In the present study, some factors that could not be classified in the control knobs were categorized in a separate column and were discussed between experts. Items such as poverty, review of other countries’ experiences, unemployment rate, active delivery of primary health care, the status of the country’s health indicators, demographic and epidemiological transition, knowledge transfer, community-based service delivery, health system service preferences (prevention-oriented or treatment-oriented), diseases pattern and communicable and non-communicable disease prevention programs, were categorized in this column. Given the importance of these factors, the researchers did not rule out these cases. Therefore, it seems that these cases can play a complementary role to other control knobs.

Limitation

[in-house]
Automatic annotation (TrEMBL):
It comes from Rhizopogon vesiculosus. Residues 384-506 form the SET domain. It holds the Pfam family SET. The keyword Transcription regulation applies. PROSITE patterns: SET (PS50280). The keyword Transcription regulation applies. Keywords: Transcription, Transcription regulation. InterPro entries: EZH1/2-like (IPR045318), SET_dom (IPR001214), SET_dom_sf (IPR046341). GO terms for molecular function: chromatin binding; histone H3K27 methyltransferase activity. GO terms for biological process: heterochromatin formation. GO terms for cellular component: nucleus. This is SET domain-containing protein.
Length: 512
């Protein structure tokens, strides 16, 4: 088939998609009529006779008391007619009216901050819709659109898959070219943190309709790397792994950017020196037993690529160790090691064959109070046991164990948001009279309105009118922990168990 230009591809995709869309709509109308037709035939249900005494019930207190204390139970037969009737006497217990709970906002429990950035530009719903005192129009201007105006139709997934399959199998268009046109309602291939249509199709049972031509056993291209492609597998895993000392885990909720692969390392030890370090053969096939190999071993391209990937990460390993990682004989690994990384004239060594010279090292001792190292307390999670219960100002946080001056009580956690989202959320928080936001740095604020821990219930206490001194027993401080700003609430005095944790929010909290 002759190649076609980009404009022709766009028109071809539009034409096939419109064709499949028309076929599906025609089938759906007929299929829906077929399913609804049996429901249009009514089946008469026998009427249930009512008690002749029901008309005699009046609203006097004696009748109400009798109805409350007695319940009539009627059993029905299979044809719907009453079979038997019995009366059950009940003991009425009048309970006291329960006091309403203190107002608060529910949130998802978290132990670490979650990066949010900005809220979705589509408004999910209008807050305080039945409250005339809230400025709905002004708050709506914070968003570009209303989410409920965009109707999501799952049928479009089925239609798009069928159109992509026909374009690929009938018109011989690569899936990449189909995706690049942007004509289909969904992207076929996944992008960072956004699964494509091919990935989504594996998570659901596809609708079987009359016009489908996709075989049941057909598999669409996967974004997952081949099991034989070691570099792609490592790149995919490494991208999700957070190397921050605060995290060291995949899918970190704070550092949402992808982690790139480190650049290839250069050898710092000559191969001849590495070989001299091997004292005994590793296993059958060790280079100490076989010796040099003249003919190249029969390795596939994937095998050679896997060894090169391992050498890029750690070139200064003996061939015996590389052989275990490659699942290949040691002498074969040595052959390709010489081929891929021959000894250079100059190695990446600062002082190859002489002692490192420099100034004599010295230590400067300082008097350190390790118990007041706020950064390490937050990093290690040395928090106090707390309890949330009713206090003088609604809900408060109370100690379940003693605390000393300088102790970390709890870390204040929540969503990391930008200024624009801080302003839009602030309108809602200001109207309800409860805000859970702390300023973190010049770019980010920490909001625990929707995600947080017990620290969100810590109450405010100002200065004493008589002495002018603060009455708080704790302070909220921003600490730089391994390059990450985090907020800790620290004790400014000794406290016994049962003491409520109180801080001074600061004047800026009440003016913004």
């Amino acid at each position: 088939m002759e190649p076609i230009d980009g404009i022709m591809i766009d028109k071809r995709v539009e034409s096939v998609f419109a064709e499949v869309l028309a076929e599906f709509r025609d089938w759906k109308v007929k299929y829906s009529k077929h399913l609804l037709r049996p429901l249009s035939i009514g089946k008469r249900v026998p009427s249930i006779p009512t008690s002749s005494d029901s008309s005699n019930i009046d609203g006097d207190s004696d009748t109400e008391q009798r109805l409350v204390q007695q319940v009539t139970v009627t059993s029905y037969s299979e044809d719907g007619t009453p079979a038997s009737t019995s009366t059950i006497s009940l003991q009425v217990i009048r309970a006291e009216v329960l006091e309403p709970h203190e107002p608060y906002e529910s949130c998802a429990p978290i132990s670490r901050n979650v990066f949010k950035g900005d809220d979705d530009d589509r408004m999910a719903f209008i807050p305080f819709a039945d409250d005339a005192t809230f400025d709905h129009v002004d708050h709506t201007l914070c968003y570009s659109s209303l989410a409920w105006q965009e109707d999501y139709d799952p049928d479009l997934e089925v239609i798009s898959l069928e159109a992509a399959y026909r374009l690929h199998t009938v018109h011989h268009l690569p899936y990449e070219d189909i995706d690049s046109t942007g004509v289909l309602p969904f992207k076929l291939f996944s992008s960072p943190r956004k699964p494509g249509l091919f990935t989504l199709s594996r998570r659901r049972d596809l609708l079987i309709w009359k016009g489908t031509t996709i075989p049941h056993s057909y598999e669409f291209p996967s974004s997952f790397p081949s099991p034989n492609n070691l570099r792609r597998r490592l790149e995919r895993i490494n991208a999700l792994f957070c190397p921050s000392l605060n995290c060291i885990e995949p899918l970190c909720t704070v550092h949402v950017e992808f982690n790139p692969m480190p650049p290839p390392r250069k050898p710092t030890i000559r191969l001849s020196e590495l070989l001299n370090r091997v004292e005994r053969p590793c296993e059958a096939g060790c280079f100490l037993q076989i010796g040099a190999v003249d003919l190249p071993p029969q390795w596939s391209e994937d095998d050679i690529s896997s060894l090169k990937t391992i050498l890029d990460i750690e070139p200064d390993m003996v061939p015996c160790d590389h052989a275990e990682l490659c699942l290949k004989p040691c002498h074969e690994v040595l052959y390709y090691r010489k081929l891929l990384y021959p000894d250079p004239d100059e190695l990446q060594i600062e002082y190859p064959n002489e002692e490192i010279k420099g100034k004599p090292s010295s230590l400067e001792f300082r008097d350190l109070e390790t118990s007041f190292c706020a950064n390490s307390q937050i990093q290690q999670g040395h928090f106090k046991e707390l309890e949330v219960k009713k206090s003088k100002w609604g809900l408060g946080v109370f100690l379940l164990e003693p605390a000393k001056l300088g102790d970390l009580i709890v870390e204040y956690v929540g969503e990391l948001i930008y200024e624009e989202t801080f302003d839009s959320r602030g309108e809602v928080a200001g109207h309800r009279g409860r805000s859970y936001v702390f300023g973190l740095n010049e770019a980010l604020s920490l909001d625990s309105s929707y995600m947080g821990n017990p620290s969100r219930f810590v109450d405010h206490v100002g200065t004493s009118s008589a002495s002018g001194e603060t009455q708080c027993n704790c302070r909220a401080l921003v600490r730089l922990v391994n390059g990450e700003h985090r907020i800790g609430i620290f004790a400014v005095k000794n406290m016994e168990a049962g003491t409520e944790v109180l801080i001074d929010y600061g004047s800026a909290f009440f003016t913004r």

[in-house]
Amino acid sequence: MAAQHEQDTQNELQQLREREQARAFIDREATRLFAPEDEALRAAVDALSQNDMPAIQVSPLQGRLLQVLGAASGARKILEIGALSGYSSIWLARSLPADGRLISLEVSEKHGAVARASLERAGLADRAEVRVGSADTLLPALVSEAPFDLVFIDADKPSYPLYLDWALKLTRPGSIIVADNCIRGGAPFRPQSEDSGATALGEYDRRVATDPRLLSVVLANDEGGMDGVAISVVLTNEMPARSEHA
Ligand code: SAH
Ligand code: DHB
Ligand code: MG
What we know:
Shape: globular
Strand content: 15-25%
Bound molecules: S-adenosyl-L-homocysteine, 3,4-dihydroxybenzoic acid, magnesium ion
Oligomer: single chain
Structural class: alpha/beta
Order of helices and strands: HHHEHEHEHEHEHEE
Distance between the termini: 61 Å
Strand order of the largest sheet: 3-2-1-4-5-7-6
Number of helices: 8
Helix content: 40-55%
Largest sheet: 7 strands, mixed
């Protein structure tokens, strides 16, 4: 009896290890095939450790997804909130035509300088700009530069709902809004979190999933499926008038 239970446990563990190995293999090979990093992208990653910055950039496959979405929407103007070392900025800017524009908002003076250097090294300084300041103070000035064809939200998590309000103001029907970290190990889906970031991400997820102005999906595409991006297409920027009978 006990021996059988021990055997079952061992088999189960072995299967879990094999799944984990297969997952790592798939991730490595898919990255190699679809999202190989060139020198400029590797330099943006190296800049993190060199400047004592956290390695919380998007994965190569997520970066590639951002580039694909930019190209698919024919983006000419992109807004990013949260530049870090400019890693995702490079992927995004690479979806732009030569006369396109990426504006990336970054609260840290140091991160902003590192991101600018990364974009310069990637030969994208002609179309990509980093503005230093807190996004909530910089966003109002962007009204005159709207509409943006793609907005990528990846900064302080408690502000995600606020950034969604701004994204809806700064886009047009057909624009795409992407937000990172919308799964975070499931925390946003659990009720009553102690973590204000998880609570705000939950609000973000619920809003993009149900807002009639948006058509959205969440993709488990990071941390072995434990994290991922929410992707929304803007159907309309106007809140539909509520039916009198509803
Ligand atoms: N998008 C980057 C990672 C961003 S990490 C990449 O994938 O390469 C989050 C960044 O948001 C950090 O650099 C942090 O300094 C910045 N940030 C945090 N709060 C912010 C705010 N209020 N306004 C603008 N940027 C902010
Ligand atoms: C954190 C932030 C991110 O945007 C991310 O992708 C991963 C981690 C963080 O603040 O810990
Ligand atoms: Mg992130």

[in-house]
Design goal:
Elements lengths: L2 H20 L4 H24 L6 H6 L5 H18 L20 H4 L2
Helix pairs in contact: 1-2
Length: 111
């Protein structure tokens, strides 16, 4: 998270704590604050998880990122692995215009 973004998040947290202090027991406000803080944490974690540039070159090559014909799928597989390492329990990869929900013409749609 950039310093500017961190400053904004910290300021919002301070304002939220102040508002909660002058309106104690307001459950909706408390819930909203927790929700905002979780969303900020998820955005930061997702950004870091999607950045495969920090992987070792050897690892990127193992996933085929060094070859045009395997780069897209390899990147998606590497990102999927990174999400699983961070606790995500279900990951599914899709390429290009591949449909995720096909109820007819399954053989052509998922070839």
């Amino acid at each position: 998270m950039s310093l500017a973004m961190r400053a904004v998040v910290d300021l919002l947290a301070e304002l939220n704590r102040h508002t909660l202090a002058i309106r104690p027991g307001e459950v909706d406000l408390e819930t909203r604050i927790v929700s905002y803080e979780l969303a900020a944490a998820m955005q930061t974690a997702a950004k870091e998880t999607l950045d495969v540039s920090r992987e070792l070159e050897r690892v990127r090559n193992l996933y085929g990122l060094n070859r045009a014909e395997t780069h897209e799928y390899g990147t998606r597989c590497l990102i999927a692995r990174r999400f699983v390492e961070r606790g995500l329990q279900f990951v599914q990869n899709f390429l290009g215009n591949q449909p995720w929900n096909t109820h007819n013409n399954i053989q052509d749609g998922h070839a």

One of the limitations of the present study was the participation of only Iranian experts and also the systematic review which was limited to research conducted in Iran, which could reduce the generalizability of the results. To increase the generalizability and validity of the study results, the researchers tried to identify and categorize the factors using several different methods (systematic review, a qualitative study including focused group discussion and semi-structured interview, expert panel, and teamwork). Study design in this way can increase the usability of the study results and their validity. Also, to increase the generalizability of the results, in this study, the framework of the control knobs of the WHO has been used to classify the factors. This feature of the study can also allow other countries to benefit from the results of the study.